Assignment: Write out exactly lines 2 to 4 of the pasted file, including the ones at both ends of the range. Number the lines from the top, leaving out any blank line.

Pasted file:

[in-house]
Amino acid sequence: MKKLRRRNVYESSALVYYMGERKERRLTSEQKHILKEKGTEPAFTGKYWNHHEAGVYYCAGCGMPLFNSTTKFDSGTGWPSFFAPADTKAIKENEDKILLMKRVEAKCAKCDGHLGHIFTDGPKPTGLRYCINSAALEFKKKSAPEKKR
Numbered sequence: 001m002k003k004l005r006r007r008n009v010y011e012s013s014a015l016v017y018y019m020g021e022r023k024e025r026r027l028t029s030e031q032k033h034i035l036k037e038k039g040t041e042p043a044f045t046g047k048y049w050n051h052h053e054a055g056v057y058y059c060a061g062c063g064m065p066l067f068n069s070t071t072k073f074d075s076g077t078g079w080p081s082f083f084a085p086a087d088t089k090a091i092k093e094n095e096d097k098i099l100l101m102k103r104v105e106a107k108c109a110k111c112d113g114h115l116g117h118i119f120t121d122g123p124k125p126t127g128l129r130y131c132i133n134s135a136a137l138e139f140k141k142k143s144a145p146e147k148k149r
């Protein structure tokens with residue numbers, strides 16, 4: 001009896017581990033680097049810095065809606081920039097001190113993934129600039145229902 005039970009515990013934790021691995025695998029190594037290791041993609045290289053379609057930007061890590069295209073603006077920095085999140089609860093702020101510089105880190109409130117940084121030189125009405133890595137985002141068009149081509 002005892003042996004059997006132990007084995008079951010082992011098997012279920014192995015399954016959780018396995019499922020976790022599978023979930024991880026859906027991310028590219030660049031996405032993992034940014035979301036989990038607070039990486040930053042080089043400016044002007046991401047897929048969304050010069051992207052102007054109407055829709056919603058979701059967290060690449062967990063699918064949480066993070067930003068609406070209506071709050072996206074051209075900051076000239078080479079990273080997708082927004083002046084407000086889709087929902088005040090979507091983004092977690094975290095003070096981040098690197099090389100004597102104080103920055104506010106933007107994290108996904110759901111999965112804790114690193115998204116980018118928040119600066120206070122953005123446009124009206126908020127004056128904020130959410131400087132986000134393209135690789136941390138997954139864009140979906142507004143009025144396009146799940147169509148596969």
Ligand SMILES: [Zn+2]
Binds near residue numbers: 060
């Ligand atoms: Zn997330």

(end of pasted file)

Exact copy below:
Amino acid sequence: MKKLRRRNVYESSALVYYMGERKERRLTSEQKHILKEKGTEPAFTGKYWNHHEAGVYYCAGCGMPLFNSTTKFDSGTGWPSFFAPADTKAIKENEDKILLMKRVEAKCAKCDGHLGHIFTDGPKPTGLRYCINSAALEFKKKSAPEKKR
Numbered sequence: 001m002k003k004l005r006r007r008n009v010y011e012s013s014a015l016v017y018y019m020g021e022r023k024e025r026r027l028t029s030e031q032k033h034i035l036k037e038k039g040t041e042p043a044f045t046g047k048y049w050n051h052h053e054a055g056v057y058y059c060a061g062c063g064m065p066l067f068n069s070t071t072k073f074d075s076g077t078g079w080p081s082f083f084a085p086a087d088t089k090a091i092k093e094n095e096d097k098i099l100l101m102k103r104v105e106a107k108c109a110k111c112d113g114h115l116g117h118i119f120t121d122g123p124k125p126t127g128l129r130y131c132i133n134s135a136a137l138e139f140k141k142k143s144a145p146e147k148k149r
């Protein structure tokens with residue numbers, strides 16, 4: 001009896017581990033680097049810095065809606081920039097001190113993934129600039145229902 005039970009515990013934790021691995025695998029190594037290791041993609045290289053379609057930007061890590069295209073603006077920095085999140089609860093702020101510089105880190109409130117940084121030189125009405133890595137985002141068009149081509 002005892003042996004059997006132990007084995008079951010082992011098997012279920014192995015399954016959780018396995019499922020976790022599978023979930024991880026859906027991310028590219030660049031996405032993992034940014035979301036989990038607070039990486040930053042080089043400016044002007046991401047897929048969304050010069051992207052102007054109407055829709056919603058979701059967290060690449062967990063699918064949480066993070067930003068609406070209506071709050072996206074051209075900051076000239078080479079990273080997708082927004083002046084407000086889709087929902088005040090979507091983004092977690094975290095003070096981040098690197099090389100004597102104080103920055104506010106933007107994290108996904110759901111999965112804790114690193115998204116980018118928040119600066120206070122953005123446009124009206126908020127004056128904020130959410131400087132986000134393209135690789136941390138997954139864009140979906142507004143009025144396009146799940147169509148596969």